An interesting story last month
on Silicon.com, that the UK Department of Work & Pensions has abandoned its trials of voice biometrics as an anti-fraud tool.This is not a snap decision, as Silicon.com reports that the DWP has spent at least £2.4m on trials since May 2007. This is one
of the largest payment organisation’s in the UK, so its decision is of interest to most organization who need to validate customer identity and handle payments. Voice biometrics has had a lot of interest from the financial services industry, so the DWP’s decision
may well lead a number of banks to study it closely.
What makes it especially interesting is that fraud is such a huge problem for DWP (the DWP’s own estimates put their annual fraud losses at £5.2bn per
annum) and voice biometrics has promised so much to reduce fraud. Indeed, as anti-fraud has been one of the major pitches of the voice biometrics industry, why on the surface might it have failed at the DWP?
The first part of this is to understand what types of problem voice biometrics are good at tackling. In my experience, voice biometrics are a useful tool in identity validation. Passwords tend to test “do you know what you should know?”. By comparison, biometrics
can test “…are you who you say you are, even if you do know your password?”. There are valid arguments about biometrics accuracy, but provided they are not used as a single factor authentication when taking a voice sample over a poor quality public telephone
line, I believe that they remain a valuable addition to the security toolkit.
I have to admit that while I haven’t worked directly with DWP, I do have some knowledge of the issues they face from work with local government and other government departments.
Identity theft is the sort of fraud that voice biometrics is ideal for tackling, but traditional identity theft in the form of impersonation is relatively low. This is partly because although the amount stolen in benefit fraud is large the value of individual
claims is relatively low and identity theft impersonation is generally uneconomic.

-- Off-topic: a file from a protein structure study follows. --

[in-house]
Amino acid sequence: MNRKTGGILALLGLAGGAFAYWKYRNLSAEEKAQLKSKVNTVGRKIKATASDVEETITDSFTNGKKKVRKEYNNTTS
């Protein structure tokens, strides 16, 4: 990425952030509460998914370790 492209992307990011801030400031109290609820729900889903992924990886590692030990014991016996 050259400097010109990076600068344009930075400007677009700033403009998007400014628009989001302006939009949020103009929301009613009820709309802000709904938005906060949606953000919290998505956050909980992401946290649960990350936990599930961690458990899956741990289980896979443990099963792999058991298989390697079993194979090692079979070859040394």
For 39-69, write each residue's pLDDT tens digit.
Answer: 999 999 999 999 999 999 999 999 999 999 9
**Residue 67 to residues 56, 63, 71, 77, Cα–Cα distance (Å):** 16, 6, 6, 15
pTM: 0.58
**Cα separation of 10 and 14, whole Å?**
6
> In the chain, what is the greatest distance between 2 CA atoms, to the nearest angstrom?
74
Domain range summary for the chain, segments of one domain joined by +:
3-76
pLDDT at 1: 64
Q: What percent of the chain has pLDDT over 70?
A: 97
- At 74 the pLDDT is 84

A much bigger problem (where voice biometrics could perhaps play a part) is false identity. The problem here is that once you let a false identity into the system through one channel, then it can ‘validate’ itself through other channels and become very hard
to detect. Preventing false National Insurance numbers being created is crucial and this is perhaps an opportunity for voice biometrics, at least to prevent serial fraudsters creating multiple identities themselves.
The biggest problem, though, for the DWP is the complexity of the system and the massive fraud figure of £5.2bn (2.1% of all expenditure) is as much a reflection of error as it is of more exotic types of theft. This error can be genuine on the part of claimants,
or deliberate, but either way it is the complexity of the system and the lack of real time information that prevents its resolution and detection.
Surprisingly, this was the problem that the DWP tried to tackle with voice biometrics, basically trying to use tone & emotion detection and similar mechanisms to detect claimants lying. I have to admit some doubt here as to whether this is a practical application
in real time. In the world of call recording it has long been used as an application that can detect calls where customers (or call centre workers!) have become angry, but this has not tended to be a real time application. The other problem is the inbound
call to DWP. At the risk of stating the obvious, claimants of benefits are more likely to be stressed than average and especially so when talking to the DWP. Furthermore, most of the demographic who regularly deal with the DWP are likely to be calling on mobile
phones rather than landlines (so poor call quality) and be may well not have strong English language skills (so will be more hesitant, accented and less standard).
My suspicion is that the best way for the DWP to tackle fraud would be to use more process simplification and back this up with analytics rather than try and fix the front end with technology. Once that’s done, voice biometrics could have a very valuable anti-fraud
role to play, but as the solution to the right problem.